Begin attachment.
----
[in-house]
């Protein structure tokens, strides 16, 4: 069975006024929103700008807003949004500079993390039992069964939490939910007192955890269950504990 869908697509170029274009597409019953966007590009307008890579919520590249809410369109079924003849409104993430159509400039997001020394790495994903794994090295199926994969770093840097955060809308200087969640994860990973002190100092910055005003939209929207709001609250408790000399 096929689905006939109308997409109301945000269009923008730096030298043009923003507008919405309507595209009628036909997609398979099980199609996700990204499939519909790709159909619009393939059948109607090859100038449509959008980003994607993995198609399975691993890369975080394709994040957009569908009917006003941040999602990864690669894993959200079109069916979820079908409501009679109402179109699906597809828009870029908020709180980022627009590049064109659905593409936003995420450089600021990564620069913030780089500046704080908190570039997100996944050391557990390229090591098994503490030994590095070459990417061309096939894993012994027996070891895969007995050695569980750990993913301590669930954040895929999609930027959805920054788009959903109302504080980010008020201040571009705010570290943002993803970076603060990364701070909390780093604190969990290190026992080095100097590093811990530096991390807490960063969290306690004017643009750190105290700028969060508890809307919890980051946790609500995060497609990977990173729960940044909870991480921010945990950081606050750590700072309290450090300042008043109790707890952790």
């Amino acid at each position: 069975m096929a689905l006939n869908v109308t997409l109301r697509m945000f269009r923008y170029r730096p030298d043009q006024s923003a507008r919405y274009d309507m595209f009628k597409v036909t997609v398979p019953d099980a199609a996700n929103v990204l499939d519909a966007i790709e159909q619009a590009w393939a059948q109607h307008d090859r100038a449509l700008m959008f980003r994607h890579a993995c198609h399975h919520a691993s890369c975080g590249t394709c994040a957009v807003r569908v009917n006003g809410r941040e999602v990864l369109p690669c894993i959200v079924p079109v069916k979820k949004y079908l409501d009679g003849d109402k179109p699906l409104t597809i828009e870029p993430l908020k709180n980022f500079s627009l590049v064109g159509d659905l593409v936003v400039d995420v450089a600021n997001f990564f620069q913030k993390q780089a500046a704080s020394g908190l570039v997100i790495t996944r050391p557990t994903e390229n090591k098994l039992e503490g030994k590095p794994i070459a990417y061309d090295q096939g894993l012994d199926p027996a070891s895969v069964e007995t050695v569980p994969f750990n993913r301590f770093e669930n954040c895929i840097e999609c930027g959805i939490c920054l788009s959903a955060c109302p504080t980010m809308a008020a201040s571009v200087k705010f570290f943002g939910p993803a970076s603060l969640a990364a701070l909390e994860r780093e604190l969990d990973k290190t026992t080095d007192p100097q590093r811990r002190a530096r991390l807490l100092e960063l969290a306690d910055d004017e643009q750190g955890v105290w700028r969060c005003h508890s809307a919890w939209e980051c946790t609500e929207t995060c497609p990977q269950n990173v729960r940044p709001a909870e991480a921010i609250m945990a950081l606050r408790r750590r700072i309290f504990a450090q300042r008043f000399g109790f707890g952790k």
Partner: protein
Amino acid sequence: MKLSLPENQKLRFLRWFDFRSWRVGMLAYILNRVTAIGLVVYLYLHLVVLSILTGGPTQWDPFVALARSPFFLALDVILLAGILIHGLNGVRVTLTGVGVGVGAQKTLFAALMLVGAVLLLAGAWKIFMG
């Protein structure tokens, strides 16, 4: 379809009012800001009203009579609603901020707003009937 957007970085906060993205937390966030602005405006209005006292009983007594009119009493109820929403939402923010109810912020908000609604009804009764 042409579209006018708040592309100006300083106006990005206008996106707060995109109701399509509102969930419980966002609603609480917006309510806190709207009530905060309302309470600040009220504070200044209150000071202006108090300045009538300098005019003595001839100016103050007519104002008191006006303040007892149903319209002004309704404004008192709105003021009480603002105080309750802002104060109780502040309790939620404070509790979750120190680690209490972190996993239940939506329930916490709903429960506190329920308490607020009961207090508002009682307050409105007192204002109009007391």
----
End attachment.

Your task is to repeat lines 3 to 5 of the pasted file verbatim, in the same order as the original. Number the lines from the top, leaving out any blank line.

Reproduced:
């Amino acid at each position: 069975m096929a689905l006939n869908v109308t997409l109301r697509m945000f269009r923008y170029r730096p030298d043009q006024s923003a507008r919405y274009d309507m595209f009628k597409v036909t997609v398979p019953d099980a199609a996700n929103v990204l499939d519909a966007i790709e159909q619009a590009w393939a059948q109607h307008d090859r100038a449509l700008m959008f980003r994607h890579a993995c198609h399975h919520a691993s890369c975080g590249t394709c994040a957009v807003r569908v009917n006003g809410r941040e999602v990864l369109p690669c894993i959200v079924p079109v069916k979820k949004y079908l409501d009679g003849d109402k179109p699906l409104t597809i828009e870029p993430l908020k709180n980022f500079s627009l590049v064109g159509d659905l593409v936003v400039d995420v450089a600021n997001f990564f620069q913030k993390q780089a500046a704080s020394g908190l570039v997100i790495t996944r050391p557990t994903e390229n090591k098994l039992e503490g030994k590095p794994i070459a990417y061309d090295q096939g894993l012994d199926p027996a070891s895969v069964e007995t050695v569980p994969f750990n993913r301590f770093e669930n954040c895929i840097e999609c930027g959805i939490c920054l788009s959903a955060c109302p504080t980010m809308a008020a201040s571009v200087k705010f570290f943002g939910p993803a970076s603060l969640a990364a701070l909390e994860r780093e604190l969990d990973k290190t026992t080095d007192p100097q590093r811990r002190a530096r991390l807490l100092e960063l969290a306690d910055d004017e643009q750190g955890v105290w700028r969060c005003h508890s809307a919890w939209e980051c946790t609500e929207t995060c497609p990977q269950n990173v729960r940044p709001a909870e991480a921010i609250m945990a950081l606050r408790r750590r700072i309290f504990a450090q300042r008043f000399g109790f707890g952790k």
Partner: protein
Amino acid sequence: MKLSLPENQKLRFLRWFDFRSWRVGMLAYILNRVTAIGLVVYLYLHLVVLSILTGGPTQWDPFVALARSPFFLALDVILLAGILIHGLNGVRVTLTGVGVGVGAQKTLFAALMLVGAVLLLAGAWKIFMG